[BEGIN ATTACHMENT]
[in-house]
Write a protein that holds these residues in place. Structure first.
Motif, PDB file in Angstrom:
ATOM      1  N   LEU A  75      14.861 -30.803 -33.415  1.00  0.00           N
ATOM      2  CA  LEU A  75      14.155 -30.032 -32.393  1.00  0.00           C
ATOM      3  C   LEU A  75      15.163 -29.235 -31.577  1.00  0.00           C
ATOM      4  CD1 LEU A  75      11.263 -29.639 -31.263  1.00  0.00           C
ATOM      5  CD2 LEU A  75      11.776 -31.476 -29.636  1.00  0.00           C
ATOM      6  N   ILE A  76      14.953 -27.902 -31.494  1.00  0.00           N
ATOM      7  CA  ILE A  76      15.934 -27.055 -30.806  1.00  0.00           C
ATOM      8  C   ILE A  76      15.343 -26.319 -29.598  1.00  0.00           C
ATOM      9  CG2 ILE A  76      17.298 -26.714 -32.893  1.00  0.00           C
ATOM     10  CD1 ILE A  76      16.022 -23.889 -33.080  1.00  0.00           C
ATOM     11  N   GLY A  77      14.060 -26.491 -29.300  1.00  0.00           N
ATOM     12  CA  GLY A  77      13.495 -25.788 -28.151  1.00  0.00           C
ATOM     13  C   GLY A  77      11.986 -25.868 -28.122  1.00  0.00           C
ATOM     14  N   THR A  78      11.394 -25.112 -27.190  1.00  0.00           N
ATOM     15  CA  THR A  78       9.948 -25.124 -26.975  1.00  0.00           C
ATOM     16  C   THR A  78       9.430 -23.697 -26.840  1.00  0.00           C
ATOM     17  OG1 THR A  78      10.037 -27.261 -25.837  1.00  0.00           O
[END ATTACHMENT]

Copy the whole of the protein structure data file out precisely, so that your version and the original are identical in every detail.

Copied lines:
[in-house]
Write a protein that holds these residues in place. Structure first.
Motif, PDB file in Angstrom:
ATOM      1  N   LEU A  75      14.861 -30.803 -33.415  1.00  0.00           N
ATOM      2  CA  LEU A  75      14.155 -30.032 -32.393  1.00  0.00           C
ATOM      3  C   LEU A  75      15.163 -29.235 -31.577  1.00  0.00           C
ATOM      4  CD1 LEU A  75      11.263 -29.639 -31.263  1.00  0.00           C
ATOM      5  CD2 LEU A  75      11.776 -31.476 -29.636  1.00  0.00           C
ATOM      6  N   ILE A  76      14.953 -27.902 -31.494  1.00  0.00           N
ATOM      7  CA  ILE A  76      15.934 -27.055 -30.806  1.00  0.00           C
ATOM      8  C   ILE A  76      15.343 -26.319 -29.598  1.00  0.00           C
ATOM      9  CG2 ILE A  76      17.298 -26.714 -32.893  1.00  0.00           C
ATOM     10  CD1 ILE A  76      16.022 -23.889 -33.080  1.00  0.00           C
ATOM     11  N   GLY A  77      14.060 -26.491 -29.300  1.00  0.00           N
ATOM     12  CA  GLY A  77      13.495 -25.788 -28.151  1.00  0.00           C
ATOM     13  C   GLY A  77      11.986 -25.868 -28.122  1.00  0.00           C
ATOM     14  N   THR A  78      11.394 -25.112 -27.190  1.00  0.00           N
ATOM     15  CA  THR A  78       9.948 -25.124 -26.975  1.00  0.00           C
ATOM     16  C   THR A  78       9.430 -23.697 -26.840  1.00  0.00           C
ATOM     17  OG1 THR A  78      10.037 -27.261 -25.837  1.00  0.00           O